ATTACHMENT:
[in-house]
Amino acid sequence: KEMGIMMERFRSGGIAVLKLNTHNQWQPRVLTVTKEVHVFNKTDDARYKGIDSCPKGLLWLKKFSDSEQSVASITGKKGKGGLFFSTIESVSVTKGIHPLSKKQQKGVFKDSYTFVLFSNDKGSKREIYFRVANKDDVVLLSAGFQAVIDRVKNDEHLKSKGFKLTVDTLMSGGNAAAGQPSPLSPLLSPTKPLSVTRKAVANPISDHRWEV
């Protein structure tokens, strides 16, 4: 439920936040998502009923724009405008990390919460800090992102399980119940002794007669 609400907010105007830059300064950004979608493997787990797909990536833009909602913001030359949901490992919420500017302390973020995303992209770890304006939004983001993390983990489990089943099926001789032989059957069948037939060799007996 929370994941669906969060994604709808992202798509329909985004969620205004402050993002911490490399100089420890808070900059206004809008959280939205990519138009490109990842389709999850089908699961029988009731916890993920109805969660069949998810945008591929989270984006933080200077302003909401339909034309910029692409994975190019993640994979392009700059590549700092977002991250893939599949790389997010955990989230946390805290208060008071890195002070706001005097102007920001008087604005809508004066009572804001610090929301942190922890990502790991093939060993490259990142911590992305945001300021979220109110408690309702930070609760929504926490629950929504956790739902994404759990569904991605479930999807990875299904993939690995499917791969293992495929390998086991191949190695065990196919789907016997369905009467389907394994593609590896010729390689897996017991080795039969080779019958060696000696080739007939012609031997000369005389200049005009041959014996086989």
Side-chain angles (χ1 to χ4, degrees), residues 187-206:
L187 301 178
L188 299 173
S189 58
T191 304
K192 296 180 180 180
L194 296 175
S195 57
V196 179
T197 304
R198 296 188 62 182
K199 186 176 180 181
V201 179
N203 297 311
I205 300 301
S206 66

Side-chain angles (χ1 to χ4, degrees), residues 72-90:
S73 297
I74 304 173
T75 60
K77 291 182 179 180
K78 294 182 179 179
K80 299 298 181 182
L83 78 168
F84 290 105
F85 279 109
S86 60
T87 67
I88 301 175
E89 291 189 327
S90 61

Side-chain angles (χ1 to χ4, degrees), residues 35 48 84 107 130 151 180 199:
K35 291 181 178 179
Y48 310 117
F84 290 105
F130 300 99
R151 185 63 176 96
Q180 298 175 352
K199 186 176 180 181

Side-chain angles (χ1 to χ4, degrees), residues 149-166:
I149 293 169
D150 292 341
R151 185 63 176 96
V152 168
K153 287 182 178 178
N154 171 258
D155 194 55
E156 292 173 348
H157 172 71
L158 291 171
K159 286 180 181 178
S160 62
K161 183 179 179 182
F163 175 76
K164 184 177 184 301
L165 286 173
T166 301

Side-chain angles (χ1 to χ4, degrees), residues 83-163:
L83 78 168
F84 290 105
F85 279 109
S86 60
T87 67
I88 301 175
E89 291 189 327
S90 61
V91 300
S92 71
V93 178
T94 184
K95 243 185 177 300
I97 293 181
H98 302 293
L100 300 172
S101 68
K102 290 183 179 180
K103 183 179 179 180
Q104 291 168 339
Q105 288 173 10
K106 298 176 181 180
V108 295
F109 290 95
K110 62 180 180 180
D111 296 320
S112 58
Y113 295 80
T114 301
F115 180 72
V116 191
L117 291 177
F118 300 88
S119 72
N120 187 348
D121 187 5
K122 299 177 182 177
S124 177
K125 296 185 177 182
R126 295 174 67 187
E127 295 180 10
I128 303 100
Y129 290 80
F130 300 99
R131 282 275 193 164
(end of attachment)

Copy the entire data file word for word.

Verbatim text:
[in-house]
Amino acid sequence: KEMGIMMERFRSGGIAVLKLNTHNQWQPRVLTVTKEVHVFNKTDDARYKGIDSCPKGLLWLKKFSDSEQSVASITGKKGKGGLFFSTIESVSVTKGIHPLSKKQQKGVFKDSYTFVLFSNDKGSKREIYFRVANKDDVVLLSAGFQAVIDRVKNDEHLKSKGFKLTVDTLMSGGNAAAGQPSPLSPLLSPTKPLSVTRKAVANPISDHRWEV
């Protein structure tokens, strides 16, 4: 439920936040998502009923724009405008990390919460800090992102399980119940002794007669 609400907010105007830059300064950004979608493997787990797909990536833009909602913001030359949901490992919420500017302390973020995303992209770890304006939004983001993390983990489990089943099926001789032989059957069948037939060799007996 929370994941669906969060994604709808992202798509329909985004969620205004402050993002911490490399100089420890808070900059206004809008959280939205990519138009490109990842389709999850089908699961029988009731916890993920109805969660069949998810945008591929989270984006933080200077302003909401339909034309910029692409994975190019993640994979392009700059590549700092977002991250893939599949790389997010955990989230946390805290208060008071890195002070706001005097102007920001008087604005809508004066009572804001610090929301942190922890990502790991093939060993490259990142911590992305945001300021979220109110408690309702930070609760929504926490629950929504956790739902994404759990569904991605479930999807990875299904993939690995499917791969293992495929390998086991191949190695065990196919789907016997369905009467389907394994593609590896010729390689897996017991080795039969080779019958060696000696080739007939012609031997000369005389200049005009041959014996086989």
Side-chain angles (χ1 to χ4, degrees), residues 187-206:
L187 301 178
L188 299 173
S189 58
T191 304
K192 296 180 180 180
L194 296 175
S195 57
V196 179
T197 304
R198 296 188 62 182
K199 186 176 180 181
V201 179
N203 297 311
I205 300 301
S206 66

Side-chain angles (χ1 to χ4, degrees), residues 72-90:
S73 297
I74 304 173
T75 60
K77 291 182 179 180
K78 294 182 179 179
K80 299 298 181 182
L83 78 168
F84 290 105
F85 279 109
S86 60
T87 67
I88 301 175
E89 291 189 327
S90 61

Side-chain angles (χ1 to χ4, degrees), residues 35 48 84 107 130 151 180 199:
K35 291 181 178 179
Y48 310 117
F84 290 105
F130 300 99
R151 185 63 176 96
Q180 298 175 352
K199 186 176 180 181

Side-chain angles (χ1 to χ4, degrees), residues 149-166:
I149 293 169
D150 292 341
R151 185 63 176 96
V152 168
K153 287 182 178 178
N154 171 258
D155 194 55
E156 292 173 348
H157 172 71
L158 291 171
K159 286 180 181 178
S160 62
K161 183 179 179 182
F163 175 76
K164 184 177 184 301
L165 286 173
T166 301

Side-chain angles (χ1 to χ4, degrees), residues 83-163:
L83 78 168
F84 290 105
F85 279 109
S86 60
T87 67
I88 301 175
E89 291 189 327
S90 61
V91 300
S92 71
V93 178
T94 184
K95 243 185 177 300
I97 293 181
H98 302 293
L100 300 172
S101 68
K102 290 183 179 180
K103 183 179 179 180
Q104 291 168 339
Q105 288 173 10
K106 298 176 181 180
V108 295
F109 290 95
K110 62 180 180 180
D111 296 320
S112 58
Y113 295 80
T114 301
F115 180 72
V116 191
L117 291 177
F118 300 88
S119 72
N120 187 348
D121 187 5
K122 299 177 182 177
S124 177
K125 296 185 177 182
R126 295 174 67 187
E127 295 180 10
I128 303 100
Y129 290 80
F130 300 99
R131 282 275 193 164